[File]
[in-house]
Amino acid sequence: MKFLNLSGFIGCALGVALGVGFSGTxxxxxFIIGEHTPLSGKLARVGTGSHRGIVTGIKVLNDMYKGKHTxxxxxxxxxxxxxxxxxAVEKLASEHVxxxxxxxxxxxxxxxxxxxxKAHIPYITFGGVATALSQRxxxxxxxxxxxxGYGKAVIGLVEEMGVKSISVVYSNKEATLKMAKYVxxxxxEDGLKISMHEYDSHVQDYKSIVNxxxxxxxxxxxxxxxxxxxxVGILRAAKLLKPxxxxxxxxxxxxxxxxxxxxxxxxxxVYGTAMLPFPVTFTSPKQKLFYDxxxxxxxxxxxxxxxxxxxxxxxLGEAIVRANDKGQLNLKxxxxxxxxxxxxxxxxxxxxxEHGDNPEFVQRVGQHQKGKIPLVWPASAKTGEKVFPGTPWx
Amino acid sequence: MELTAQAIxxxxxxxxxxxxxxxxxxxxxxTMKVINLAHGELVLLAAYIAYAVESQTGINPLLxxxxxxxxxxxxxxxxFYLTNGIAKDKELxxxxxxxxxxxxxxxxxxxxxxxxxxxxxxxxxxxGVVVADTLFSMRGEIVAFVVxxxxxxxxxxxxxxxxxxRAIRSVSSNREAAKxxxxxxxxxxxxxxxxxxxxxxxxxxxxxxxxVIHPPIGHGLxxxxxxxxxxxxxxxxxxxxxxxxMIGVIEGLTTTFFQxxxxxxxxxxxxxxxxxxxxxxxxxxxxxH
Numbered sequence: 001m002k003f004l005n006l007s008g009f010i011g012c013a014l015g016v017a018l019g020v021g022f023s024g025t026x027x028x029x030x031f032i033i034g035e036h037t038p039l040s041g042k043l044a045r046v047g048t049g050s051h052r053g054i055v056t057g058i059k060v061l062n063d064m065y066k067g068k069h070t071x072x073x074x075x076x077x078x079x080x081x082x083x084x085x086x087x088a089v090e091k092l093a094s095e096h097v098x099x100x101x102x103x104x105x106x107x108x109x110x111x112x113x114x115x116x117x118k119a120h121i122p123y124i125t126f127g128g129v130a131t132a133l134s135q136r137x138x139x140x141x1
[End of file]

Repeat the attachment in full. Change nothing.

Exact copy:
[in-house]
Amino acid sequence: MKFLNLSGFIGCALGVALGVGFSGTxxxxxFIIGEHTPLSGKLARVGTGSHRGIVTGIKVLNDMYKGKHTxxxxxxxxxxxxxxxxxAVEKLASEHVxxxxxxxxxxxxxxxxxxxxKAHIPYITFGGVATALSQRxxxxxxxxxxxxGYGKAVIGLVEEMGVKSISVVYSNKEATLKMAKYVxxxxxEDGLKISMHEYDSHVQDYKSIVNxxxxxxxxxxxxxxxxxxxxVGILRAAKLLKPxxxxxxxxxxxxxxxxxxxxxxxxxxVYGTAMLPFPVTFTSPKQKLFYDxxxxxxxxxxxxxxxxxxxxxxxLGEAIVRANDKGQLNLKxxxxxxxxxxxxxxxxxxxxxEHGDNPEFVQRVGQHQKGKIPLVWPASAKTGEKVFPGTPWx
Amino acid sequence: MELTAQAIxxxxxxxxxxxxxxxxxxxxxxTMKVINLAHGELVLLAAYIAYAVESQTGINPLLxxxxxxxxxxxxxxxxFYLTNGIAKDKELxxxxxxxxxxxxxxxxxxxxxxxxxxxxxxxxxxxGVVVADTLFSMRGEIVAFVVxxxxxxxxxxxxxxxxxxRAIRSVSSNREAAKxxxxxxxxxxxxxxxxxxxxxxxxxxxxxxxxVIHPPIGHGLxxxxxxxxxxxxxxxxxxxxxxxxMIGVIEGLTTTFFQxxxxxxxxxxxxxxxxxxxxxxxxxxxxxH
Numbered sequence: 001m002k003f004l005n006l007s008g009f010i011g012c013a014l015g016v017a018l019g020v021g022f023s024g025t026x027x028x029x030x031f032i033i034g035e036h037t038p039l040s041g042k043l044a045r046v047g048t049g050s051h052r053g054i055v056t057g058i059k060v061l062n063d064m065y066k067g068k069h070t071x072x073x074x075x076x077x078x079x080x081x082x083x084x085x086x087x088a089v090e091k092l093a094s095e096h097v098x099x100x101x102x103x104x105x106x107x108x109x110x111x112x113x114x115x116x117x118k119a120h121i122p123y124i125t126f127g128g129v130a131t132a133l134s135q136r137x138x139x140x141x1